Friday, December 16, 2011

My Cucumbers Are Skinny in the Middle

Cucumbers require a long, hot growing season.

Flag this photo

Cucumbers are vine crops related to pumpkins, melons and squash. Several varieties of cucumber exist for the home grower, including pickling cucumbers, slicing cucumbers and even specialty types like the lemon cucumber. Bush varieties and trellising allow gardeners with small plots of land to enjoy growing cucumbers. Poor pollination or lack of fertilizer can result in misshapen cucumbers.

Related Searches: Pollinators

Honeybees, bumblebees, leaf cutter bees and several varieties of solitary, ground nesting bees are the foremost pollinators of fruit and vegetable crops. Other pollinators, like wasps, butterflies, beetles, flies and moths also pollinate cucumbers. If these pollinating insects exhibit low populations in your garden, you may see misshapen fruit due to incomplete pollination. Limit the use of broad spectrum insecticides that may harm pollinators. Plant several varieties of nectar plants, like daisies, alyssum and borage near your cucumbers to attract honeybees and butterflies and consider leaving a patch of bare dirt in your garden for ground nesting bees.


If you've tried attracting pollinators and are still having problems with poor pollination, consider hand-pollinating your cucumbers. All vine crops, cucumbers included, have separate male and female flowers on their vines. Go to your garden early in the morning, just as the flowers open, and locate a male flower. Male flowers are on long, thin stalks and have a group of columnar stamens at their centers. Pick the male flower and gently pull off its petals. Locate the female flower. It is on a short stem, close to the vine. Between the female flower and the vine, you'll see a small, immature cucumber. Dust the center of the male flower against the vase-like stigma in the center of the female flower. Look at the female flower to ensure bright yellow pollen is covering the entire stigma. The cucumber will begin to grow in a few days if the pollination was successful.


Infertile soil can also cause misshapen cucumbers. Contact your local garden center or your county extension agent for information regarding soil testing. Soil tests will help you determine what fertilizer is best suited to your garden and how much to apply. In the absence of a soil test, apply a balanced fertilizer, like 5-10-10, prior to planting at the rate the manufacturer recommends. After flowering begins, apply a fertilizer high in nitrogen. Apply nitrogen fertilizer again, three weeks later, but no more after that. Too much nitrogen can inhibit fruiting.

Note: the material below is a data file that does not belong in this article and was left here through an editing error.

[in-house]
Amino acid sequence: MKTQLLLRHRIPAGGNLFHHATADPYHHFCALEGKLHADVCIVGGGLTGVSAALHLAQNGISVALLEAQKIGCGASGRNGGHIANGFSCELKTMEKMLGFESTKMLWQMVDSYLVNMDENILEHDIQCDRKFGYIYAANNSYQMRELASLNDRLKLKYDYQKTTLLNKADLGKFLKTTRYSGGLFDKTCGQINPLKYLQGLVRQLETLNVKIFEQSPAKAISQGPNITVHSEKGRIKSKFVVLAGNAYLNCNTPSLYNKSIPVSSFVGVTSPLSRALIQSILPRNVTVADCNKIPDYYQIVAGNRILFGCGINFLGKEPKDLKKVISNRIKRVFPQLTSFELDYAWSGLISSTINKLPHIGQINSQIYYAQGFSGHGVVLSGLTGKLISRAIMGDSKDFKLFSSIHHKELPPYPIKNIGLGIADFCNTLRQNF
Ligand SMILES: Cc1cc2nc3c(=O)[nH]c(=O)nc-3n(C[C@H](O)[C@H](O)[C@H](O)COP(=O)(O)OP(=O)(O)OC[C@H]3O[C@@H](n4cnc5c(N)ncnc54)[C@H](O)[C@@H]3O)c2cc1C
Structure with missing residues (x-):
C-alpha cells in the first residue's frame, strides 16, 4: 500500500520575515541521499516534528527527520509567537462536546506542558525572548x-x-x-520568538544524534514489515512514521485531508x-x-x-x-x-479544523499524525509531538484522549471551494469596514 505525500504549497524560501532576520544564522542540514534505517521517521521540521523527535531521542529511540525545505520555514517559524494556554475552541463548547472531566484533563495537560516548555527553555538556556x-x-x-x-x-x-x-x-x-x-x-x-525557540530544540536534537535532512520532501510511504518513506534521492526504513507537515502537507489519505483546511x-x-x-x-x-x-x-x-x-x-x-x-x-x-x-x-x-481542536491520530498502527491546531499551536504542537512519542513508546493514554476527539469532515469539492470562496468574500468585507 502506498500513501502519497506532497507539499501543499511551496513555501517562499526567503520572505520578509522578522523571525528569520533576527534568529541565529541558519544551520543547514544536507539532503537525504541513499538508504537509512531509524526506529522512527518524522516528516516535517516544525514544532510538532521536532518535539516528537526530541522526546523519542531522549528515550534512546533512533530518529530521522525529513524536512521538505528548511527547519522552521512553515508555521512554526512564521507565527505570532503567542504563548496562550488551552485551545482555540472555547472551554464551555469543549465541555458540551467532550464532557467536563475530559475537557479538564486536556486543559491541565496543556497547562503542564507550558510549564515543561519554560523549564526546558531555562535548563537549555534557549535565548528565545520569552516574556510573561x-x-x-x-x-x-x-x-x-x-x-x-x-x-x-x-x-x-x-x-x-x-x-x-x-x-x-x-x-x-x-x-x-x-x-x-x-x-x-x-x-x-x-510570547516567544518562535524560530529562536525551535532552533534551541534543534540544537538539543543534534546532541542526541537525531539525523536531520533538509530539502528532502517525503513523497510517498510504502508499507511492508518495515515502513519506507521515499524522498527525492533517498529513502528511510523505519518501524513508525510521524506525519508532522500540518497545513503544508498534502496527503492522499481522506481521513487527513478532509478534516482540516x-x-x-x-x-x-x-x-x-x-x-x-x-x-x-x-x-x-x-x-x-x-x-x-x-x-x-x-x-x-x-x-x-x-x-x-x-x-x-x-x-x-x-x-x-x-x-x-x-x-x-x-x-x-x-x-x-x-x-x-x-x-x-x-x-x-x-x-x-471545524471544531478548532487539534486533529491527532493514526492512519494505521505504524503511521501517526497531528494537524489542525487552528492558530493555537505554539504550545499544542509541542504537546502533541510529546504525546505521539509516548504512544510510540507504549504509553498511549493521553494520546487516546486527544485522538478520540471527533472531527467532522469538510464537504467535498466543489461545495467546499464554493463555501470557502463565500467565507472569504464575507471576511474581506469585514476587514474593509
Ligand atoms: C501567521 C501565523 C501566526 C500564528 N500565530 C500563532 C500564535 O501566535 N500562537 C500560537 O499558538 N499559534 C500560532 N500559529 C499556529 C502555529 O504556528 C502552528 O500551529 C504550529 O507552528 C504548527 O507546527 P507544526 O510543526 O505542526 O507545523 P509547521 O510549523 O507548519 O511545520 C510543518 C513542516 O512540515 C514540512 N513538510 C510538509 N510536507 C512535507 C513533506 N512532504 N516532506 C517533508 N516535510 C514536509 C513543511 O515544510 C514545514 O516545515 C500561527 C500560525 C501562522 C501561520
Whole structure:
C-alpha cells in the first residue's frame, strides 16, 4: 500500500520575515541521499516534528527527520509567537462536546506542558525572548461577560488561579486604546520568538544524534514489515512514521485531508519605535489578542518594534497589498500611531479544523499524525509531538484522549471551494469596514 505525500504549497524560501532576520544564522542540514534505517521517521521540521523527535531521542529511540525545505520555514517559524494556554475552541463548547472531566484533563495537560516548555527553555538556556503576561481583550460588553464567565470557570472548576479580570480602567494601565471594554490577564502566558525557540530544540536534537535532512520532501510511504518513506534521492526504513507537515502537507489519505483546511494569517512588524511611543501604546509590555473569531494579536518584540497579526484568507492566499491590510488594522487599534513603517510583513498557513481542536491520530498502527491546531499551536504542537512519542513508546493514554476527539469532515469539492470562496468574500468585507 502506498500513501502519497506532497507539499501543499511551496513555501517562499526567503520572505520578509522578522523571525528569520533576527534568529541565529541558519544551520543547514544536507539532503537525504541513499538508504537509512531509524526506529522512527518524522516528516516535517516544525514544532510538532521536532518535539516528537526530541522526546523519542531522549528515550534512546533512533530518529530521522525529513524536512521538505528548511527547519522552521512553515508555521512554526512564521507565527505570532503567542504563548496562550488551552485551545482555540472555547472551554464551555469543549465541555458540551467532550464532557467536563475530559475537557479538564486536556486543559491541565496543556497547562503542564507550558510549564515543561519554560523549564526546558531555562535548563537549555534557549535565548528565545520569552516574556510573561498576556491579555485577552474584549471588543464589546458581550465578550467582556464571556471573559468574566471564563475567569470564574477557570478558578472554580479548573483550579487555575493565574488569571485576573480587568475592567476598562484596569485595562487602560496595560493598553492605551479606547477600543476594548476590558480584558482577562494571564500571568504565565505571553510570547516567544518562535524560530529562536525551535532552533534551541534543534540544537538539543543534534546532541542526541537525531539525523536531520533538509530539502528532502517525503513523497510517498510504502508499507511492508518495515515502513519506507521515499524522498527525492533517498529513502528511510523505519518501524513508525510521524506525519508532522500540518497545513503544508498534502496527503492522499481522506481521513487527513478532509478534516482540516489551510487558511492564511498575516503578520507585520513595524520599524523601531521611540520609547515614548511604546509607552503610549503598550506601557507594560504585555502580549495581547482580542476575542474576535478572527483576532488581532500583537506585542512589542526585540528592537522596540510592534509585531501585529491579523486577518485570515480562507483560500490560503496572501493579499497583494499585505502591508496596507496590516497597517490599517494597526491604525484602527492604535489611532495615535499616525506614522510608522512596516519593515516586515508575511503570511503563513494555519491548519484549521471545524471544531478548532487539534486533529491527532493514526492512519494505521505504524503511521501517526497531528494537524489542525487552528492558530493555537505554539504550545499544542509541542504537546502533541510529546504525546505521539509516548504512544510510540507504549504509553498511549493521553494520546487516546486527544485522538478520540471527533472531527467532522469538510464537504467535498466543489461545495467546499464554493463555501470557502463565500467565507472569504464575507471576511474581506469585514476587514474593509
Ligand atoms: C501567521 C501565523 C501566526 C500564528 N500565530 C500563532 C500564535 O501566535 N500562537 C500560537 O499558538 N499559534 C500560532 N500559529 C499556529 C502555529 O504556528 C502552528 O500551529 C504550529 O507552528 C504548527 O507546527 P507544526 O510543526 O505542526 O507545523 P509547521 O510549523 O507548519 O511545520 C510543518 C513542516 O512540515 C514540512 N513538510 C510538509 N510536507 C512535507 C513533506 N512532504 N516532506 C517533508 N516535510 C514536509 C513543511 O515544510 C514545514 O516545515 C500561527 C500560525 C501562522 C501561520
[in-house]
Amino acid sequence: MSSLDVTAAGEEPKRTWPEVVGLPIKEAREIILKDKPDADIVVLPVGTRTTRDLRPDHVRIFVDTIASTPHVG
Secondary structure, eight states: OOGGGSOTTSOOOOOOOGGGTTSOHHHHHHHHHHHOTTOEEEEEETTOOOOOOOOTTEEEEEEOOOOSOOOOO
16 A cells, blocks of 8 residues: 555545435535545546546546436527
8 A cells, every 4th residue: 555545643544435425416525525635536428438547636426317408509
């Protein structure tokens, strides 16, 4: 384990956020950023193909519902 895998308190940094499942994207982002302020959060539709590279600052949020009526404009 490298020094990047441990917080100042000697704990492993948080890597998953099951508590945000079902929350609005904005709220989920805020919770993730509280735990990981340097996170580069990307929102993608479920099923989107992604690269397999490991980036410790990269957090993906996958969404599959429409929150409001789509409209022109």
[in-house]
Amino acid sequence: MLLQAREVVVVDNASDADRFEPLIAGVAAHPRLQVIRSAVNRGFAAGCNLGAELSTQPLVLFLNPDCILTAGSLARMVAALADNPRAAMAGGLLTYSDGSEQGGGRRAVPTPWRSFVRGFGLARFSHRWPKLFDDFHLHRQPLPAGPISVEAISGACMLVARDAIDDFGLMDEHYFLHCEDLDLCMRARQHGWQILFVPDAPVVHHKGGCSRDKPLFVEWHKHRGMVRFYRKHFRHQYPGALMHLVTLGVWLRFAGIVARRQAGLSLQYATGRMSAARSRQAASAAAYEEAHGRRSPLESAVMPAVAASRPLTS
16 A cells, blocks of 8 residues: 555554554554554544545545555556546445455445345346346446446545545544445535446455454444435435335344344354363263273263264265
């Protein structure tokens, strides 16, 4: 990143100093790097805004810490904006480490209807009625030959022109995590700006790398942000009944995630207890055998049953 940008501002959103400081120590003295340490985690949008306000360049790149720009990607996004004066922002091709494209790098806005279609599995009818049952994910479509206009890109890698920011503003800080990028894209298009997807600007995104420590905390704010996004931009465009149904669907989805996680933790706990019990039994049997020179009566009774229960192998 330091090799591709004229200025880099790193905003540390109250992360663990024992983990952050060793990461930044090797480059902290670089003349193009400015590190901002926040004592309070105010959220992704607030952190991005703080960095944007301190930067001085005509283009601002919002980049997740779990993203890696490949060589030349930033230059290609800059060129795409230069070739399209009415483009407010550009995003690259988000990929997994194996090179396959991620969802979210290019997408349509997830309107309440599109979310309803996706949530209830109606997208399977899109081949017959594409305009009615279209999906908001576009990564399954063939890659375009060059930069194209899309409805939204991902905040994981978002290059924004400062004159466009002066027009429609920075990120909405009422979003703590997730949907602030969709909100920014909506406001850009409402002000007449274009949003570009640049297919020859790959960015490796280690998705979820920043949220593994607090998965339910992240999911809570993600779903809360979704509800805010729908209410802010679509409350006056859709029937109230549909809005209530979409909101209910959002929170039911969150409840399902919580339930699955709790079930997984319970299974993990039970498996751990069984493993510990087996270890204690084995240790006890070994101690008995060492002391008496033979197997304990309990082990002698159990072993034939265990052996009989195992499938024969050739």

Care Tips

Cucumbers are tender and require a long, hot growing season. Use black plastic mulch to warm the ground early in the spring, keep it warm later in the fall and extend the growing season. According to the University of Illinois, cucumbers are shallow rooted and require regular irrigation, especially when they begin to set fruit. Harvest cucumbers before they turn yellow. Don't allow yellow cucumbers to sit on the vine, they'll prevent younger fruit from developing.

ReferencesUniversity of Illinois Extension: CucumberOhio State University Extension: Growing Cucumbers in the Home GardenNorth American Pollinator Protection Campaign: Pollinator Friendly PracticesPollinator: Hand PollinationPhoto Credit Jupiterimages/ ImagesRead Next:

Print this articleCommentsFollow eHowFollow

View the Original article

No comments:

Post a Comment